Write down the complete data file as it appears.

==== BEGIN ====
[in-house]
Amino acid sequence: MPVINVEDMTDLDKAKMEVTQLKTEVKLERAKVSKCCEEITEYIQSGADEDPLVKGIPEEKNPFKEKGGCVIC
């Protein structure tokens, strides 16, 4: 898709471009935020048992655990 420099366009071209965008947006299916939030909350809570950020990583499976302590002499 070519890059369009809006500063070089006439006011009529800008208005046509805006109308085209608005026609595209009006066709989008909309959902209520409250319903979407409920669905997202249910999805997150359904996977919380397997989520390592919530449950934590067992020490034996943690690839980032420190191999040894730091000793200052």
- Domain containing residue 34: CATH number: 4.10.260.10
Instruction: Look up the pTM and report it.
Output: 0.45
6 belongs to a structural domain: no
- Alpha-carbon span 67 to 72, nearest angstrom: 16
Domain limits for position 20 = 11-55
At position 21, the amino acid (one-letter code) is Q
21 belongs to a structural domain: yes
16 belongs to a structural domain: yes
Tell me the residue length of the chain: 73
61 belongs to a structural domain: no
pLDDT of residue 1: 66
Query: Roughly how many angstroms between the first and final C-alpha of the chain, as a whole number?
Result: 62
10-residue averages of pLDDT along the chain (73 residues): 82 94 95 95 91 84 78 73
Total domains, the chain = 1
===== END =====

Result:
[in-house]
Amino acid sequence: MPVINVEDMTDLDKAKMEVTQLKTEVKLERAKVSKCCEEITEYIQSGADEDPLVKGIPEEKNPFKEKGGCVIC
């Protein structure tokens, strides 16, 4: 898709471009935020048992655990 420099366009071209965008947006299916939030909350809570950020990583499976302590002499 070519890059369009809006500063070089006439006011009529800008208005046509805006109308085209608005026609595209009006066709989008909309959902209520409250319903979407409920669905997202249910999805997150359904996977919380397997989520390592919530449950934590067992020490034996943690690839980032420190191999040894730091000793200052």
- Domain containing residue 34: CATH number: 4.10.260.10
Instruction: Look up the pTM and report it.
Output: 0.45
6 belongs to a structural domain: no
- Alpha-carbon span 67 to 72, nearest angstrom: 16
Domain limits for position 20 = 11-55
At position 21, the amino acid (one-letter code) is Q
21 belongs to a structural domain: yes
16 belongs to a structural domain: yes
Tell me the residue length of the chain: 73
61 belongs to a structural domain: no
pLDDT of residue 1: 66
Query: Roughly how many angstroms between the first and final C-alpha of the chain, as a whole number?
Result: 62
10-residue averages of pLDDT along the chain (73 residues): 82 94 95 95 91 84 78 73
Total domains, the chain = 1